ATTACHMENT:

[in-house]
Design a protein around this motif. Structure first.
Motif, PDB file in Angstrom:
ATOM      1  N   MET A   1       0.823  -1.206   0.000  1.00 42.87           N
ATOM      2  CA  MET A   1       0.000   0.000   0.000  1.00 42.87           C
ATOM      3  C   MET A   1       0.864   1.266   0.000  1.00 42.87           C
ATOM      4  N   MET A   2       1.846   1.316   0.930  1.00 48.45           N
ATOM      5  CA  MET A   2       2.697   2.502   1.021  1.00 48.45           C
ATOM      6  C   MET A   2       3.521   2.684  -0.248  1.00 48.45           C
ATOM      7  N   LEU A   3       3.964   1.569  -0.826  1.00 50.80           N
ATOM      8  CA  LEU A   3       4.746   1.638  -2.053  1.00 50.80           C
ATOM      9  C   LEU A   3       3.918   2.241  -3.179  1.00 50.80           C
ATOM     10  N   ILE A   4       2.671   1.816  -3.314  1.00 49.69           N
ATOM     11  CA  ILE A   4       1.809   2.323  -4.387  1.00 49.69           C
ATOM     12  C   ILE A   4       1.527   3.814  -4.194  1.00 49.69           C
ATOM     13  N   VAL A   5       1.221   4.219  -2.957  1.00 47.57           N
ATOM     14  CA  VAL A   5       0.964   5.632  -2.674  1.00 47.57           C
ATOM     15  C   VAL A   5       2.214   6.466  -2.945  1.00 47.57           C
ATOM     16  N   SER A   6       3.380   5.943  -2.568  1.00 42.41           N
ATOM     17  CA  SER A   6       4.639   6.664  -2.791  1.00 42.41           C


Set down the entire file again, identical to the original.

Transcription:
[in-house]
Design a protein around this motif. Structure first.
Motif, PDB file in Angstrom:
ATOM      1  N   MET A   1       0.823  -1.206   0.000  1.00 42.87           N
ATOM      2  CA  MET A   1       0.000   0.000   0.000  1.00 42.87           C
ATOM      3  C   MET A   1       0.864   1.266   0.000  1.00 42.87           C
ATOM      4  N   MET A   2       1.846   1.316   0.930  1.00 48.45           N
ATOM      5  CA  MET A   2       2.697   2.502   1.021  1.00 48.45           C
ATOM      6  C   MET A   2       3.521   2.684  -0.248  1.00 48.45           C
ATOM      7  N   LEU A   3       3.964   1.569  -0.826  1.00 50.80           N
ATOM      8  CA  LEU A   3       4.746   1.638  -2.053  1.00 50.80           C
ATOM      9  C   LEU A   3       3.918   2.241  -3.179  1.00 50.80           C
ATOM     10  N   ILE A   4       2.671   1.816  -3.314  1.00 49.69           N
ATOM     11  CA  ILE A   4       1.809   2.323  -4.387  1.00 49.69           C
ATOM     12  C   ILE A   4       1.527   3.814  -4.194  1.00 49.69           C
ATOM     13  N   VAL A   5       1.221   4.219  -2.957  1.00 47.57           N
ATOM     14  CA  VAL A   5       0.964   5.632  -2.674  1.00 47.57           C
ATOM     15  C   VAL A   5       2.214   6.466  -2.945  1.00 47.57           C
ATOM     16  N   SER A   6       3.380   5.943  -2.568  1.00 42.41           N
ATOM     17  CA  SER A   6       4.639   6.664  -2.791  1.00 42.41           C